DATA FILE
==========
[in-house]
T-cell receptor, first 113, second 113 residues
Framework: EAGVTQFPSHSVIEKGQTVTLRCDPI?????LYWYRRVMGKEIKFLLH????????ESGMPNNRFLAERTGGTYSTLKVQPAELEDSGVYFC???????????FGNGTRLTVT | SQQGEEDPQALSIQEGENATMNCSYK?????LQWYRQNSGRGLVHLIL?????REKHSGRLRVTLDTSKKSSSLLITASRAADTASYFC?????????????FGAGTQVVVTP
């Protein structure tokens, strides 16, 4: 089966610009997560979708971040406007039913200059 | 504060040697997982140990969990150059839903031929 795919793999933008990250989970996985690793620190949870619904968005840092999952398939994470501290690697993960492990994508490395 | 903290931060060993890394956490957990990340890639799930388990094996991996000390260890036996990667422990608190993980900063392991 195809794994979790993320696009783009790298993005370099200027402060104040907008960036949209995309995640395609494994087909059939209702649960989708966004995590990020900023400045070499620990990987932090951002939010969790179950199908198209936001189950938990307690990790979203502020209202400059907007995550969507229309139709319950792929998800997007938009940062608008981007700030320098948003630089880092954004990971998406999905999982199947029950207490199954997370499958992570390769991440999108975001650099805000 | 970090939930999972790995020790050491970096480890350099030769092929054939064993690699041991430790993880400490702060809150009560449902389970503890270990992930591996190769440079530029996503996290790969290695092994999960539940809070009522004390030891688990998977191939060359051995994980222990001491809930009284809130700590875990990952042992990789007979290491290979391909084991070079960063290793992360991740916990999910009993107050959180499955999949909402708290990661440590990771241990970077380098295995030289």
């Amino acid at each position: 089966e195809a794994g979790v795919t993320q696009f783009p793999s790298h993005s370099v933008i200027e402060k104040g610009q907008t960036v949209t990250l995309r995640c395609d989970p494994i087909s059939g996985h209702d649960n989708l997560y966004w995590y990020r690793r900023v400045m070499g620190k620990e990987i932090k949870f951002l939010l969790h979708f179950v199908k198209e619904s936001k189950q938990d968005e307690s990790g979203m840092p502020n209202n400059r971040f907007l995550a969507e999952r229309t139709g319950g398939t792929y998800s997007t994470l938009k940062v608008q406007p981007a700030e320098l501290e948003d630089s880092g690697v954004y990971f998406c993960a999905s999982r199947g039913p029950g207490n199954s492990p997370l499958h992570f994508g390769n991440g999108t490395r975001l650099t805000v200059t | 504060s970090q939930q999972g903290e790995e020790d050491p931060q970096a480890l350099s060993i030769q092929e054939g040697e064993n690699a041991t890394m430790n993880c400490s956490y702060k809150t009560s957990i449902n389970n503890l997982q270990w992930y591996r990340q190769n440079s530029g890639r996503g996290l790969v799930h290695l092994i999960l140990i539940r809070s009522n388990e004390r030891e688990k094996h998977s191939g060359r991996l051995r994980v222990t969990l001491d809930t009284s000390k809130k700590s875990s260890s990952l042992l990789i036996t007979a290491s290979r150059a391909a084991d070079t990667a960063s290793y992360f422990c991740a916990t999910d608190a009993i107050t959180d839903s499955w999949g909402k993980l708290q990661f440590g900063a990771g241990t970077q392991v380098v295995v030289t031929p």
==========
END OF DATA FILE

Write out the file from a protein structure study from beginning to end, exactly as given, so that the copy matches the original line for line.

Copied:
[in-house]
T-cell receptor, first 113, second 113 residues
Framework: EAGVTQFPSHSVIEKGQTVTLRCDPI?????LYWYRRVMGKEIKFLLH????????ESGMPNNRFLAERTGGTYSTLKVQPAELEDSGVYFC???????????FGNGTRLTVT | SQQGEEDPQALSIQEGENATMNCSYK?????LQWYRQNSGRGLVHLIL?????REKHSGRLRVTLDTSKKSSSLLITASRAADTASYFC?????????????FGAGTQVVVTP
């Protein structure tokens, strides 16, 4: 089966610009997560979708971040406007039913200059 | 504060040697997982140990969990150059839903031929 795919793999933008990250989970996985690793620190949870619904968005840092999952398939994470501290690697993960492990994508490395 | 903290931060060993890394956490957990990340890639799930388990094996991996000390260890036996990667422990608190993980900063392991 195809794994979790993320696009783009790298993005370099200027402060104040907008960036949209995309995640395609494994087909059939209702649960989708966004995590990020900023400045070499620990990987932090951002939010969790179950199908198209936001189950938990307690990790979203502020209202400059907007995550969507229309139709319950792929998800997007938009940062608008981007700030320098948003630089880092954004990971998406999905999982199947029950207490199954997370499958992570390769991440999108975001650099805000 | 970090939930999972790995020790050491970096480890350099030769092929054939064993690699041991430790993880400490702060809150009560449902389970503890270990992930591996190769440079530029996503996290790969290695092994999960539940809070009522004390030891688990998977191939060359051995994980222990001491809930009284809130700590875990990952042992990789007979290491290979391909084991070079960063290793992360991740916990999910009993107050959180499955999949909402708290990661440590990771241990970077380098295995030289």
């Amino acid at each position: 089966e195809a794994g979790v795919t993320q696009f783009p793999s790298h993005s370099v933008i200027e402060k104040g610009q907008t960036v949209t990250l995309r995640c395609d989970p494994i087909s059939g996985h209702d649960n989708l997560y966004w995590y990020r690793r900023v400045m070499g620190k620990e990987i932090k949870f951002l939010l969790h979708f179950v199908k198209e619904s936001k189950q938990d968005e307690s990790g979203m840092p502020n209202n400059r971040f907007l995550a969507e999952r229309t139709g319950g398939t792929y998800s997007t994470l938009k940062v608008q406007p981007a700030e320098l501290e948003d630089s880092g690697v954004y990971f998406c993960a999905s999982r199947g039913p029950g207490n199954s492990p997370l499958h992570f994508g390769n991440g999108t490395r975001l650099t805000v200059t | 504060s970090q939930q999972g903290e790995e020790d050491p931060q970096a480890l350099s060993i030769q092929e054939g040697e064993n690699a041991t890394m430790n993880c400490s956490y702060k809150t009560s957990i449902n389970n503890l997982q270990w992930y591996r990340q190769n440079s530029g890639r996503g996290l790969v799930h290695l092994i999960l140990i539940r809070s009522n388990e004390r030891e688990k094996h998977s191939g060359r991996l051995r994980v222990t969990l001491d809930t009284s000390k809130k700590s875990s260890s990952l042992l990789i036996t007979a290491s290979r150059a391909a084991d070079t990667a960063s290793y992360f422990c991740a916990t999910d608190a009993i107050t959180d839903s499955w999949g909402k993980l708290q990661f440590g900063a990771g241990t970077q392991v380098v295995v030289t031929p």